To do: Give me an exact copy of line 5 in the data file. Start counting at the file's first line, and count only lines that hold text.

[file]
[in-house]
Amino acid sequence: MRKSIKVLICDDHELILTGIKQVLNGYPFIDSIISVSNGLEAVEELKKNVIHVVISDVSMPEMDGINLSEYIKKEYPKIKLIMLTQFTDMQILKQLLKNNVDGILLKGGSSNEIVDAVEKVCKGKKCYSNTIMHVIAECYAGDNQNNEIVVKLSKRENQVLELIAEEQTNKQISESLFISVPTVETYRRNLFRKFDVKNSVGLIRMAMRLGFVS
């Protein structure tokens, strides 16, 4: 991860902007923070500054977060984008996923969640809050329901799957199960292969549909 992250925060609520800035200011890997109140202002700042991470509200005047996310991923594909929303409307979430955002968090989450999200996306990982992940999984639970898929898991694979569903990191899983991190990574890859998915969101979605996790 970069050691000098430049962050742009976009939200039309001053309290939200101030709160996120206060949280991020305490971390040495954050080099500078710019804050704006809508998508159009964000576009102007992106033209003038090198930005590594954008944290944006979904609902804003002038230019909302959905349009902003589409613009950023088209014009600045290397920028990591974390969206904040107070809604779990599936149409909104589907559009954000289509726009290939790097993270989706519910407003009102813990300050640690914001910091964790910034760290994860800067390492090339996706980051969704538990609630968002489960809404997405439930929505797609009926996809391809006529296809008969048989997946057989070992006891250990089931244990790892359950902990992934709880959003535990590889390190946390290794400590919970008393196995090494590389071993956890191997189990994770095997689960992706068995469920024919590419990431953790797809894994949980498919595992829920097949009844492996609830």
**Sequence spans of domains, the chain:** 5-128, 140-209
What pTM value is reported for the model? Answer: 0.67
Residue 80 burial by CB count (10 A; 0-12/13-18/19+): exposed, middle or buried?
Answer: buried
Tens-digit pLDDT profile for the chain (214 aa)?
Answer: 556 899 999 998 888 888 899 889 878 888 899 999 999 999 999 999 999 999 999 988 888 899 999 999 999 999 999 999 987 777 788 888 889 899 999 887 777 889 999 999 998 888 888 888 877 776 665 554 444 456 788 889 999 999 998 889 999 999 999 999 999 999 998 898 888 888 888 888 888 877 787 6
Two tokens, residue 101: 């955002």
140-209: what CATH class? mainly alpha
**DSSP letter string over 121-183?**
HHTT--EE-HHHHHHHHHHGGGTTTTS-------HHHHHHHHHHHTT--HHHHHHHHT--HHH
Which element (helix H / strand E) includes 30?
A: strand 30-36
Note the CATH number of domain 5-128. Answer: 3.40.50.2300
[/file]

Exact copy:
What pTM value is reported for the model? Answer: 0.67